It is no secret that Americans are a very generous people. In 2022, Americans donated $319.04 billion to charities with an additional $45.6 billion given by those who listed charities in their wills or as beneficiaries on their retirement accounts. Let’s focus on the latter group, those who give after their death.
Charitable giving can be an important part of building your legacy. However, if you intend to leave behind assets for both family members and a charity, there are some assets that are more beneficial to gift to family members compared to a charity, at least from a tax perspective. Let’s look at an example.
Barbara is a widow and nearing the end of her life and wants to review her estate plan. She has a net worth of $1.2 million comprised of the following assets:
IRA worth: $200,000
Home worth: $500,000
Brokerage account worth: $500,000
For Barbara’s IRA, she has listed her son as the beneficiary, meaning he will receive the entire $200,000. However, her will, which controls her home and brokerage account, has 90% of her non-retirement fund assets going to her son, with the remaining 10% being donated to the St. Francis Animal Shelter.
From the will, we have $900,000 going to Barbara’s son and $100,000 going toward the animal shelter. In total, $1.1 million will be going to Barbara’s son with $100,000 allocated toward St. Francis Animal Shelter.
While the dollar amounts in this example might be unique, reflecting Barbara’s generous and saintly care for all God’s creatures, the listing of charities in someone’s will is a common occurrence.
Despite good intentions, this is an inefficient plan from a tax standpoint.
If we add a little more detail to the scenario, we can say Barbara’s house has a cost basis of $300,000 and the brokerage account has a cost basic of $100,000. This means that during her lifetime, Barbara has unrealized capital gains of $400,000. All the unrealized gains are from her brokerage account since her home is under the $250,000 exclusion amount for personal residences.
Once Barbara passes away, her home and brokerage account will receive what is called a step up in cost basis.
This raises the cost basis of those assets to their market value on the date of Barbara’s death.
To keep things simple, we’ll say nothing exciting happened in the economy, and all Barbara’s assets have the same value on the date of her death. This means when Barbara’s son sells Barbara’s home, he will likely pay little to no capital gains taxes on that $500,000. He also will pay little to no capital gains taxes on the sale of the inherited stocks or mutual fund holdings.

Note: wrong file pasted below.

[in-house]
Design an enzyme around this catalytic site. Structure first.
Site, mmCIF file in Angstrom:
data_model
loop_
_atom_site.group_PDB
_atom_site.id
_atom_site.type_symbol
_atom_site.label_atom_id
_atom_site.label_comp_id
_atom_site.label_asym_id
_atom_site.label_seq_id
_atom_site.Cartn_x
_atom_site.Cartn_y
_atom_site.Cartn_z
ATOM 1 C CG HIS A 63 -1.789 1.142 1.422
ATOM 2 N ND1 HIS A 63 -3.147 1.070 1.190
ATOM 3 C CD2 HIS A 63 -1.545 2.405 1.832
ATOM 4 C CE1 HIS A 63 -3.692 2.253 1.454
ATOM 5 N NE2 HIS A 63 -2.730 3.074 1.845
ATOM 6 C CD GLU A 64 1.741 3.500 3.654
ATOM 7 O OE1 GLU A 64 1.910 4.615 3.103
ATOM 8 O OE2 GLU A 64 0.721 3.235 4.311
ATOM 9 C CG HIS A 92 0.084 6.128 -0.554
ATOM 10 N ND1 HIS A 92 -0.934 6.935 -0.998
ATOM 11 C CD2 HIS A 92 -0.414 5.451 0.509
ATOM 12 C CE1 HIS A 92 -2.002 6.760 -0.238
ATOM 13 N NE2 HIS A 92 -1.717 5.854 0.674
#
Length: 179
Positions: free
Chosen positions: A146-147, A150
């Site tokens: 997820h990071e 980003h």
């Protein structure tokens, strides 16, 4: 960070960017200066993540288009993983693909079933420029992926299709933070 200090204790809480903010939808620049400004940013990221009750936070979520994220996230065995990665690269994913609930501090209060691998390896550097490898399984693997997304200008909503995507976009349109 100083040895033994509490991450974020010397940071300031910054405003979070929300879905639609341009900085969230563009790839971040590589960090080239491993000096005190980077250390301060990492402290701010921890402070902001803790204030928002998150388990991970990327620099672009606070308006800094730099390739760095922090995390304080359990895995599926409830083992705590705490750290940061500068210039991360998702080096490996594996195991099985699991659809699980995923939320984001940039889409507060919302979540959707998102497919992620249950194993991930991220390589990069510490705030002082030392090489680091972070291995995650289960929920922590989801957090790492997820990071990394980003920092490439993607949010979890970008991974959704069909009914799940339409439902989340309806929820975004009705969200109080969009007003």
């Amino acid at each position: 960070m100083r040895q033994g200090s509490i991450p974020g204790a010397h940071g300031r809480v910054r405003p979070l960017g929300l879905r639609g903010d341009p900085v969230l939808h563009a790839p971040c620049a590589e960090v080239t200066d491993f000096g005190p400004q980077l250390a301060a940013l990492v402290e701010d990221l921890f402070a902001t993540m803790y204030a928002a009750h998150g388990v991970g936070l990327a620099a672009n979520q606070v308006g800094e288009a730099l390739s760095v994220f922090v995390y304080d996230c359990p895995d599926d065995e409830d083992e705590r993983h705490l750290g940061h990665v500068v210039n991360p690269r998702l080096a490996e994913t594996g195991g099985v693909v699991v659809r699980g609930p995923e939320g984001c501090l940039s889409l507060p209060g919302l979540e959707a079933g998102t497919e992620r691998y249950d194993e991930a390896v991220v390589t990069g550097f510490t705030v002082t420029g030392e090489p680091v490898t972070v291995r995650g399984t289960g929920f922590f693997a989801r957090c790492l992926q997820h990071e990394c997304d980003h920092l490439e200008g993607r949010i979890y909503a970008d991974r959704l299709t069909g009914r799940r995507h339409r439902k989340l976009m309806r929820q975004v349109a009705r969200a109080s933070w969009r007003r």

St. Francis Animal Shelter also won’t have to pay any capital gains taxes, but that is because it is a charity. Instead, it just has to wait until the end of the probate process before it can receive the $100,000 allocated to the animal shelter.
The IRA is a different story though.
Barbara’s son receives $200,000 from the IRA, but since the IRA is tax-deferred, the government still wants to collect taxes on future distributions.
Her son will then need to navigate the 10-year rule for beneficiary IRA distributions with those distributions being taxed to him as ordinary income. More money, even when it is taxed, is generally better than no money, but there is still a more tax-efficient way to distribute funds between Barbara’s beneficiaries.
We’ll keep the dollar amount of all the assets the same, but instead of naming St. Francis Animal Shelter as a 10% beneficiary in her will, Barbara has her son inherit all the assets governed by her will, which totals $1 million.
Then she names the animal shelter as a 50% beneficiary of her IRA with her son receiving the other 50%, meaning they each receive $100,000.
In this scenario, Barbara’s son is still allocated $1.1 million in total with the animal shelter receiving $100,000, but we have reduced her son’s future tax liability.
Barbara’s son receives the entire benefit of the step up in cost basis for Barbara’s home and brokerage account while reducing his tax liability by inheriting a smaller percentage of the IRA, though the total dollar amount of his inheritance of Barbara’s assets remains the same.
St. Francis Animal Shelter still doesn’t pay taxes on the $100,000 it receives, but the IRA skips the probate process. This means the animal shelter receives its funds faster, allowing it to quickly deploy funds to assist the vulnerable population it serves.
Even more importantly, Barbara has shifted $100,000 of the taxable portion of her estate to an entity that doesn’t have to pay taxes and, if her son is in the 22% tax bracket, she just saved him $22,000 in taxes, more if he happens to be in a higher tax bracket.
Charitable giving can be an important part of leaving a legacy. When crafting your charitable vision, it is important to remember that assets are treated differently from a tax perspective by their recipients.
A well-defined estate plan that takes charitable giving into account will get those assets to charities in the quickest way possible and reduce the tax liability for those beneficiaries who don’t have a 501(c)(3) status.
Nicholas Haberling is a partnership advisor at Community First Bank & HFG Trust in Kennewick.